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Find out what parts of Medicare cover massage therapy and learn about the options you have to help pay for out-of-pocket expenses.

By Grace Kisirkoi
Updated September 15, 2020

Key Takeaways:

  • Medicare does not consider massage therapy to be medically necessary. As a result, it is not covered.

  • Some forms of therapy are covered under Medicare Part A and Part B.

  • Confirm that your provider takes Medicare assignments before starting therapy.

  • Some Medicare Advantage plans cover massage therapy. Check with your provider to confirm the terms of coverage.

If your doctor recommends massage therapy, you may wonder whether it is covered by Medicare. Original Medicare does not cover massage therapy.

This is because massage therapy is considered an alternative treatment. Medicare Part A and Part B only cover medically essential services. However, physicians may recommend massages and other forms of therapy to manage chronic conditions such as:

If you're looking for alternative coverage, some Medicare Advantage plans do cover massage therapy.

It is therefore worth looking at what therapists charge. On average, massage therapy costs about $60 per hour. This price can vary by region, gratuity, and type of massage. Some types target specific muscle groups while others promote relaxation.

Medicare Provides Access to Approved Therapy

Medicare Part A and Part B do cover medically necessary forms of therapy.

Part B benefits cover outpatient therapy under certain conditions. For Medicare to consider your therapy as "medically necessary," the service has to:

  • Meet accepted medical standards

  • Help treat an injury, disease, or symptoms

Some Medicare-approved therapy forms include:

  • Physical therapy to help manage pain

  • 12 acupuncture sessions in 90 days to treat chronic low back pain

  • Chiropractic services to cover spine manipulation when medically necessary

  • Outpatient occupational therapy

  • Outpatient speech-language pathology

Find a Medicare plan that fits your budget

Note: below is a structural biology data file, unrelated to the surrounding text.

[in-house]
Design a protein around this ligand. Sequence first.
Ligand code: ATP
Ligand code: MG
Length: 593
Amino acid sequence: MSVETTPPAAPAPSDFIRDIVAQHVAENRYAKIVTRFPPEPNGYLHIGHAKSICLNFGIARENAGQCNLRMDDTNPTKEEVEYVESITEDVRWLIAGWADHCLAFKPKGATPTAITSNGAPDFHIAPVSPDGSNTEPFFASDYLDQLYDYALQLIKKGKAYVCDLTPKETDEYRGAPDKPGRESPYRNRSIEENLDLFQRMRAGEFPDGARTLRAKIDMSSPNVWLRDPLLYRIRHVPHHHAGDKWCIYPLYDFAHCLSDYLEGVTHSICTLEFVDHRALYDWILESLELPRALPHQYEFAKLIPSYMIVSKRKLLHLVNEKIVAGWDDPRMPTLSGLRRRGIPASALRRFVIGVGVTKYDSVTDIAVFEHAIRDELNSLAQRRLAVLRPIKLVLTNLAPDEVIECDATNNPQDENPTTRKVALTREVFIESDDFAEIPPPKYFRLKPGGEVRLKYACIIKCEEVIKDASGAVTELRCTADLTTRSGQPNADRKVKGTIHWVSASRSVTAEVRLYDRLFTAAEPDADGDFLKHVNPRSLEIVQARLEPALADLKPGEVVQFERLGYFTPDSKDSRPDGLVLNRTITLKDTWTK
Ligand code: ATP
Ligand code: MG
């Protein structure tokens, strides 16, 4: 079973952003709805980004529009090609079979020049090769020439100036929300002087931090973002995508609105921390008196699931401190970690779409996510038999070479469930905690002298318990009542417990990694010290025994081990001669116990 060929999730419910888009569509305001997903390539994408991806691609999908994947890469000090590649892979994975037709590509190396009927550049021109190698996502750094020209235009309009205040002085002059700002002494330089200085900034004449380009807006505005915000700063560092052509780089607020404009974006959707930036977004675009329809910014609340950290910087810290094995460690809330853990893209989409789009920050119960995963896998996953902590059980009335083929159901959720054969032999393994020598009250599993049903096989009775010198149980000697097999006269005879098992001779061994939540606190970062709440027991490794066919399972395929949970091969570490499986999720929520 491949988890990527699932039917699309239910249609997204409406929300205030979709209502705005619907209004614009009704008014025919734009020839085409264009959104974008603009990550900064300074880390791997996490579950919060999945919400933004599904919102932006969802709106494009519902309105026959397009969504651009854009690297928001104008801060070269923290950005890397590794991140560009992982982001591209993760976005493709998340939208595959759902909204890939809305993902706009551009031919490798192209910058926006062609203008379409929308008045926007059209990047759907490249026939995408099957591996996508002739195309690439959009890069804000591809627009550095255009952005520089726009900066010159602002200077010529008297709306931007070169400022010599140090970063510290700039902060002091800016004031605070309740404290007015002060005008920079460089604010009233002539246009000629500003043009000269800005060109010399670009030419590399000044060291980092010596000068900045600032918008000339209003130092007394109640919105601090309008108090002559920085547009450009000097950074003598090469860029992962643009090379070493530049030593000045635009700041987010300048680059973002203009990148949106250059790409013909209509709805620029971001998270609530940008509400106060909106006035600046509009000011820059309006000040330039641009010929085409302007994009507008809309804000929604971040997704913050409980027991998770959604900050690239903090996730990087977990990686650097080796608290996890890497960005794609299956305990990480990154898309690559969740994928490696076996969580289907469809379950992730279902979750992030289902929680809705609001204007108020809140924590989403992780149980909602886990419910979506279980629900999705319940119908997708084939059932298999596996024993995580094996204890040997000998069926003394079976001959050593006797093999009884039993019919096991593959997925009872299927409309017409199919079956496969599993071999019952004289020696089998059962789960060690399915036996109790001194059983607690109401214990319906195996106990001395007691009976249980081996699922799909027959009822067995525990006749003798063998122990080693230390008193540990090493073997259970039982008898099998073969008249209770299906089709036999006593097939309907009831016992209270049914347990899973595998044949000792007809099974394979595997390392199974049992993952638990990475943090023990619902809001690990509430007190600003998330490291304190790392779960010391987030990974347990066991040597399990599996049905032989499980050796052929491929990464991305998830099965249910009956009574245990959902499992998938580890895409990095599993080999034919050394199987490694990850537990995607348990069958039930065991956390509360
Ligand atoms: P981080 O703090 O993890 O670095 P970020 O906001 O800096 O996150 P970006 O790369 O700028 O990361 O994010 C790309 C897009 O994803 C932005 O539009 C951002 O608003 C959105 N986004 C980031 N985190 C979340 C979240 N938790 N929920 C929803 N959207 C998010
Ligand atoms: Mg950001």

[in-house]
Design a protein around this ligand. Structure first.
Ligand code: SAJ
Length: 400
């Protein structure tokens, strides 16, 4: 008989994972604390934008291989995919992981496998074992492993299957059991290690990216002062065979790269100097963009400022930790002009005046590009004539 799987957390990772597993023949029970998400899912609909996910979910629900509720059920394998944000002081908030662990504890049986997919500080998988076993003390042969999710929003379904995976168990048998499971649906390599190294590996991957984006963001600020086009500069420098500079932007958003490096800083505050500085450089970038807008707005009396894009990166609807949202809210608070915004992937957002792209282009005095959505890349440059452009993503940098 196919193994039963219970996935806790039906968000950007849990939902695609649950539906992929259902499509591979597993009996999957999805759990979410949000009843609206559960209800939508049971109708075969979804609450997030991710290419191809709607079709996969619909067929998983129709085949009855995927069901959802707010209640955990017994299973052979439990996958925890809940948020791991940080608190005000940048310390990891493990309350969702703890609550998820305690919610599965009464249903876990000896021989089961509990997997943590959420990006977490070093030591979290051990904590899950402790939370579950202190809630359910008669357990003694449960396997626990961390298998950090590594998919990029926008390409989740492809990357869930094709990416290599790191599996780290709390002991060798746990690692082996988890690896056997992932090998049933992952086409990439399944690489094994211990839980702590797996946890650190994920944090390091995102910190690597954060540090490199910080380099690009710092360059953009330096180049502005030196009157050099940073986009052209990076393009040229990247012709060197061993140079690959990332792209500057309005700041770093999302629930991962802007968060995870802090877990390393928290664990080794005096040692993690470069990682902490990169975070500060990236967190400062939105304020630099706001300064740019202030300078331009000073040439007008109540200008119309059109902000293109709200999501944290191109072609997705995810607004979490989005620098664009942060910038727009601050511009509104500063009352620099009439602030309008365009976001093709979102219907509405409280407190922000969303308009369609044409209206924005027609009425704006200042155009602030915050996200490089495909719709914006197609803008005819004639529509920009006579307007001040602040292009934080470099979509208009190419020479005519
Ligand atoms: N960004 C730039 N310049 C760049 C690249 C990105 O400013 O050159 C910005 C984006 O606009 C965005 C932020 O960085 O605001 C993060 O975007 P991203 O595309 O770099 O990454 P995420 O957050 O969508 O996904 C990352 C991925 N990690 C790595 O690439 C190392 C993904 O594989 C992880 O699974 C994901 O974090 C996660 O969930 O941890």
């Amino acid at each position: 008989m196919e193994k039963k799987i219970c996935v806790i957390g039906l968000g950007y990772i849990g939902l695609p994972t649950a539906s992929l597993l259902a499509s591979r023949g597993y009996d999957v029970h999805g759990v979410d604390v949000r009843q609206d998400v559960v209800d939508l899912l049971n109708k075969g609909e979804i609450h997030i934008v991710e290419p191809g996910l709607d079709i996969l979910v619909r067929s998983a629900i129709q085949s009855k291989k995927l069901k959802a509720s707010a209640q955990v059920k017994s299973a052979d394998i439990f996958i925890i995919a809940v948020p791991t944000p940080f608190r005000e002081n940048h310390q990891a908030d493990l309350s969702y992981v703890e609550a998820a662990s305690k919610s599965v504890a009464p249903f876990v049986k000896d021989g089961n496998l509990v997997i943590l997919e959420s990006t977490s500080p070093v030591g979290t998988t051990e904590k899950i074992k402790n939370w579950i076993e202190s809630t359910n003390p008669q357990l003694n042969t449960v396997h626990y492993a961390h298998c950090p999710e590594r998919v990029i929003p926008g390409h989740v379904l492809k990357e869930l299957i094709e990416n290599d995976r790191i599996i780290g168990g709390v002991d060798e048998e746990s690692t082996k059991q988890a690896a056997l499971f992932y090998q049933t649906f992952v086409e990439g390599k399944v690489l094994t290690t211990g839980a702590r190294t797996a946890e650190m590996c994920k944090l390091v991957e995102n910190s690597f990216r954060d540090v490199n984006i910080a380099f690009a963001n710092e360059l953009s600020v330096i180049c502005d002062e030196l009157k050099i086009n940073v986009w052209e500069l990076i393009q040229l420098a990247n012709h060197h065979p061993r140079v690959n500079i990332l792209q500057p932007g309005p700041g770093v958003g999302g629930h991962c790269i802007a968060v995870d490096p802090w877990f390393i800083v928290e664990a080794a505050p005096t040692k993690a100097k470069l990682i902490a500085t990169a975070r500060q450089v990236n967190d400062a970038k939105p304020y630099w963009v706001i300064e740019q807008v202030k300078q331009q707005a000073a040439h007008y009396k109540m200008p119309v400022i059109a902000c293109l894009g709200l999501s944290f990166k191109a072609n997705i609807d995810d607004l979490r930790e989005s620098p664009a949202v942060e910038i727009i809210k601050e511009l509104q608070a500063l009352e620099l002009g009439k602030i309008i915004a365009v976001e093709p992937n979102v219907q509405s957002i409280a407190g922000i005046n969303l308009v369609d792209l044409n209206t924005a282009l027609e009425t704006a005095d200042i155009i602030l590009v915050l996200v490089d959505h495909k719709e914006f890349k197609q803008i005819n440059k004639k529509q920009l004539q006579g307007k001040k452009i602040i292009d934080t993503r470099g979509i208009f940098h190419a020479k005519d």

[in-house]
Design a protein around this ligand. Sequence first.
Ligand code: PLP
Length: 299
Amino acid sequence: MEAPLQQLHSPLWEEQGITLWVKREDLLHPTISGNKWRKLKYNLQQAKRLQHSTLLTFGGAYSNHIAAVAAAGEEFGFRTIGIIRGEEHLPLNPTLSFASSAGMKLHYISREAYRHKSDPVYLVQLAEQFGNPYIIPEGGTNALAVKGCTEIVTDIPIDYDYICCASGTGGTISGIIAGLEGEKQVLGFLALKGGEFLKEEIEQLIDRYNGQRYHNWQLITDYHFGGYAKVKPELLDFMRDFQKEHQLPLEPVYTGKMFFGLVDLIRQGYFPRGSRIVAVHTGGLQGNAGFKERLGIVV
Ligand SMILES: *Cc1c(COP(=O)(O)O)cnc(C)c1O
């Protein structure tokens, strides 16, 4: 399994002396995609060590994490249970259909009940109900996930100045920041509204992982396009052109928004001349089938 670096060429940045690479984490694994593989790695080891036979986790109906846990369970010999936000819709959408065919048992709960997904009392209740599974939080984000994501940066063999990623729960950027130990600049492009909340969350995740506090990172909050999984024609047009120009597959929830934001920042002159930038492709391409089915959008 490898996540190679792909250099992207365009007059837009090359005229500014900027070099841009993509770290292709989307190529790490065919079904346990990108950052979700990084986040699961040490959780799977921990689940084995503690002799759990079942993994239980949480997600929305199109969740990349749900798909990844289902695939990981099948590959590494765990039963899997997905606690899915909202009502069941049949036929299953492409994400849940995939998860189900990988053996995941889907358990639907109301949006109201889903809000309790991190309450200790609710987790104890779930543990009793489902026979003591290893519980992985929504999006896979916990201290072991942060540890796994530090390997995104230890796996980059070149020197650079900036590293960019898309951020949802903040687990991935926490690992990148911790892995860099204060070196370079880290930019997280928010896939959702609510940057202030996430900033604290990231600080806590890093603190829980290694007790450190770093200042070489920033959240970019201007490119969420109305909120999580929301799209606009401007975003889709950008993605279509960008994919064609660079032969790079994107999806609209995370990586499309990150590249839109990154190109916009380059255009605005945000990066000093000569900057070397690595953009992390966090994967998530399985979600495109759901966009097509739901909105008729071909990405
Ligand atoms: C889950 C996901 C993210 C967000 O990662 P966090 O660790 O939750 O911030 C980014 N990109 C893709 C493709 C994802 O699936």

Part A Therapy Costs

In certain cases, your doctor may recommend inpatient rehabilitation care. Your Part A benefits would cover physical therapy, occupational therapy, and speech-language pathology as needed. In this setting, you would receive coordinated medical care to help you recover from major surgery, illness, or injury. Your Medicare costs for inpatient rehabilitation would be:

  • $1,364 deductible for days 1-60

  • $341 daily coinsurance for days 61-90

  • $682 daily coinsurance for days 91 until you exhaust an additional 60 days in your lifetime

Your deductible costs apply for one benefit period. This period starts when you first get hospitalized. As soon as 60 days elapse without receiving more inpatient care, your benefit period ends. This 60-day period takes into account prior hospitalization in different institutions such as a hospital.

Part B Therapy Costs

If you receive approved therapy services, you would pay:

  • 20% of the approved Medicare charges

  • Part B deductible starting at $198 in 2020

Talk to your provider to confirm that they accept Medicare assignments before starting treatment. In some cases, your provider may request more tests. You want to follow up with your insurance if your doctor recommends more sessions than Medicare covers.

Be sure to hold on to your records until your insurance processes your care. Charges that are not covered will be your sole responsibility.

Does Medicare Advantage Cover Massage Therapy?

In addition to basic Part A and Part B, Medicare Advantage plans may provide extra benefits including massage therapy. While Original Medicare is federally managed, private companies sell Medicare Advantage plans.

The Centers for Medicare & Medicaid Services (CMS) encourages Medicare Advantage plans to include massage therapy as part of non-opioid pain management. According to CMS, 270 plans started providing therapeutic massage services to 1.5 million enrollees in 2019.

If you have a Medicare Advantage plan, check with your provider to find out what therapy is available to you. This is because benefits and conditions vary by plan.

Generally, Medicare Advantage plans may cover your massage therapy if ordered by a physician. The purpose cannot be relaxation, but to help treat injury or illness.

Additionally, your massage therapy must be provided by a state-licensed massage therapist with a registered National Provider Identifier. Patients usually get referred for massage therapy after suffering from an injury or illness. As an impact of this injury or illness, patients may have:

  • Chronic pain

  • Stiffness

  • Poor range of motion

If you have additional questions about what services are covered by your Medicare plan, you can look up the Medicare.gov search tool. You should also connect with a licensed health insurance agent and discuss potential plan options that best fit your health and budget needs.

Grace Kisirkoi works in higher education and is a writer who specializes in finance.